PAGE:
the books will be balanced at one point or another. the real question is why and when did it become okay for businesses and their operators to stop paying those costs up front. and how do we begin to require responsibility within our current global society; from the top down.

if we can do that, CO2 trends will naturally start to reverse and drive our planet and species towards a sustainable existence.

FYI, in most 1st world countries, non-profit co-operatives can produce the same goods and provide the same services as for-profit corporations can, however the non-profit co-operatives don't have to answer to a handful of fat-cats who's only interests are their own, instead they answer to the communities they serve. and through the democratic development and operation, and the transparency, that co-operatives and non-profits are required to possess and maintain, they can provide the necessary tools for masses of people to not only identify any unsustainable practices they have but also work together to adapt their practices as necessary to stay true to their purpose; providing resources, goods, and services as sustainably as possible. 

so get together with your community, and buyout that nasty factory down the street, change the way it does business for the better, and reap the non-monetary benefits that this act of philanthropy and sustainability brings to your community. then reach out and help other communities do the same. ; )

Click here to see the question on Quora

Response to comments on an article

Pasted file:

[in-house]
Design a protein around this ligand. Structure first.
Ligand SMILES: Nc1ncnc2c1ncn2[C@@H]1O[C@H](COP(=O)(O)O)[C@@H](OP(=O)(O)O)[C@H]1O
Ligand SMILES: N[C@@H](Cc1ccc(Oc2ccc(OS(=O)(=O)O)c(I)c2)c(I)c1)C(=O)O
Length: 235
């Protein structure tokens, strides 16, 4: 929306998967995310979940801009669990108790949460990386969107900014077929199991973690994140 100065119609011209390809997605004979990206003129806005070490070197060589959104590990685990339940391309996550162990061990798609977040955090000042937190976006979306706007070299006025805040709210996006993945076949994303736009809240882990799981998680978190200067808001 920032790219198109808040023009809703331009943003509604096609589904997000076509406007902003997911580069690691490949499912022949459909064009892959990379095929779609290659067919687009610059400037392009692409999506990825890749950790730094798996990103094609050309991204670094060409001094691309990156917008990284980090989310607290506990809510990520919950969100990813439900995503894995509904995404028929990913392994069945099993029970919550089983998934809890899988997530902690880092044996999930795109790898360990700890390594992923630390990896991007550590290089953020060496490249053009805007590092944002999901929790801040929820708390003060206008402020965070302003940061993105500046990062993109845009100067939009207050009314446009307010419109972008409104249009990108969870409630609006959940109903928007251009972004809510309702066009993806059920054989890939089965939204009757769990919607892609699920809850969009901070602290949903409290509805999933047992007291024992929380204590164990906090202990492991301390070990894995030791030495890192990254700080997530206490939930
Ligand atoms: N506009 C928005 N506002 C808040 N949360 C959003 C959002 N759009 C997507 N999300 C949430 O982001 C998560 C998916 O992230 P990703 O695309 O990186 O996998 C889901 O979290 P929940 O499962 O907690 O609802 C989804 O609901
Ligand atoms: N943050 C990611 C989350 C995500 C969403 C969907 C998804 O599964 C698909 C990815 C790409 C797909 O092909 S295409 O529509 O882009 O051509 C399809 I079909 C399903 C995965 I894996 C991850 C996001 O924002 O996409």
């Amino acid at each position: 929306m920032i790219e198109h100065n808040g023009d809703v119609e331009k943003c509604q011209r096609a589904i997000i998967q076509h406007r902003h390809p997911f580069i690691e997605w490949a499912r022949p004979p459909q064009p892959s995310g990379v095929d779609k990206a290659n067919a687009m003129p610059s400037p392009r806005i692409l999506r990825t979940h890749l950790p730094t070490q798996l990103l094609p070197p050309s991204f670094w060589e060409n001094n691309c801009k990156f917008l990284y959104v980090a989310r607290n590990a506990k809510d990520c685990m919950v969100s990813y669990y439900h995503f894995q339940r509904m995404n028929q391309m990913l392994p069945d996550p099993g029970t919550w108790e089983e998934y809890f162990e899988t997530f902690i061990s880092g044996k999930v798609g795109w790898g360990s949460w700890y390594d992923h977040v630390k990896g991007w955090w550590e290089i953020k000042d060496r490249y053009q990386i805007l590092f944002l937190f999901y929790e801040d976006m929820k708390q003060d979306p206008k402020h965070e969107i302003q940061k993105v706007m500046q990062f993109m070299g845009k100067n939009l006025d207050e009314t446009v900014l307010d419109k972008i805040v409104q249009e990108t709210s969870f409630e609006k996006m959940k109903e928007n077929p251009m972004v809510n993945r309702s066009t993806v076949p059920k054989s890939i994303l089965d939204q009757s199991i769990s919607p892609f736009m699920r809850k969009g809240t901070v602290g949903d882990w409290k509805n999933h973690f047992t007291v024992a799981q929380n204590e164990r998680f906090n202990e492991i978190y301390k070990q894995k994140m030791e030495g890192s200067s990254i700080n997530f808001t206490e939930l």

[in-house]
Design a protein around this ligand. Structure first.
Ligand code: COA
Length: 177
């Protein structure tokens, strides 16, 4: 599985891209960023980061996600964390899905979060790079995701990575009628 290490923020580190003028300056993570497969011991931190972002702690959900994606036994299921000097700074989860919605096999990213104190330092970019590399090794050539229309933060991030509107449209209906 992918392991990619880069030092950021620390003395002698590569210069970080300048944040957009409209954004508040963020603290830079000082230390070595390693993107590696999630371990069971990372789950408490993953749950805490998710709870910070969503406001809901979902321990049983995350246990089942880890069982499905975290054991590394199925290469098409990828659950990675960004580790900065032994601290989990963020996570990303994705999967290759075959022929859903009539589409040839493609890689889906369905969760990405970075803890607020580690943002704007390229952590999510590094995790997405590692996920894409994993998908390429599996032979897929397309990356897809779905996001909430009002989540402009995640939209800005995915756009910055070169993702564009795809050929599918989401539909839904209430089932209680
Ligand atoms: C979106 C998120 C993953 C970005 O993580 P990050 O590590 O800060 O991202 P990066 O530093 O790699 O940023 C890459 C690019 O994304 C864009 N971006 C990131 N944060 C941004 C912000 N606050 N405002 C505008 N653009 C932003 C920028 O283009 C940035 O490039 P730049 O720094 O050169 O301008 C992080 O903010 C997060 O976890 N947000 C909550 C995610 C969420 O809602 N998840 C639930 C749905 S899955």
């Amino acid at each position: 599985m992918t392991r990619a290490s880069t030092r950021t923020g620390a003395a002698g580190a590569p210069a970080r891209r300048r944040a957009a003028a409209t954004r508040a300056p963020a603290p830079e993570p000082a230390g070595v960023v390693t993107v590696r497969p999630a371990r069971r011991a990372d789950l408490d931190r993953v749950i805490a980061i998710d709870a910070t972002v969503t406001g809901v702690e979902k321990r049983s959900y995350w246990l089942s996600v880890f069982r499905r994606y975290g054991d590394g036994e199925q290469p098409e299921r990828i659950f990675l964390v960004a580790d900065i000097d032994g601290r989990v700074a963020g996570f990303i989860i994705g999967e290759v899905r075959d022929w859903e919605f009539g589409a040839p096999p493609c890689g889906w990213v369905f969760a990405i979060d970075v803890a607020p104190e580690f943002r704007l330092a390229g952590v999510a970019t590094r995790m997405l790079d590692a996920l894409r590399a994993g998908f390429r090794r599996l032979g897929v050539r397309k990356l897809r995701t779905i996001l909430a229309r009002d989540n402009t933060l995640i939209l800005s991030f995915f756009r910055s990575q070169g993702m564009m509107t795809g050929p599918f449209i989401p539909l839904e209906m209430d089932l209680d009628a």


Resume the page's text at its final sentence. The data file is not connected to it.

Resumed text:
Original comment: "Well Greenpeace has an annual income of $300 million, it just lost $5 million in currency trading – just who are the rich and greedy?? – why isn't it using it’s funds to cleanup the oceans?" - janama

My Response: Damn, what could I do with 5 million dollars… hmm… I could buy up, lets say, 100 laundromats across the US, convert them all to a chain of democratically operated non-profit cooperative businesses that work to lower the cost to customers, while raising the bar on quality of service and professional responsibility (which includes service to employees as an employer, and adhering to the most sustainable practices possible, as they are developed).

Not only would this organization be able to do awesome things within it’s specific field of business, but it’s charter would require a specific, and large, amount of any excess income be donated to an International Cooperative Monetary Fund (ICMF) that would work to provide developmental assistance and financing to other non-profit cooperatives, especially those seeking to form in areas of business, or in countries, where this business model is not yet being utilized. Whereas each of those organizations would also be mandated to include a requirement to donate excess income back to the ICMF, thereby further spreading the wealth of democracy and sustainable business practices, exponentially.

Of course this wouldn't have to start with laundromats, it could be a chain of restaurants, auto repair shops, clothing or other merchandise manufacturing centers, retail outlets, medical offices, legal service centers, hotels, et cetera, et cetera, et cetera.

Click here for the original article.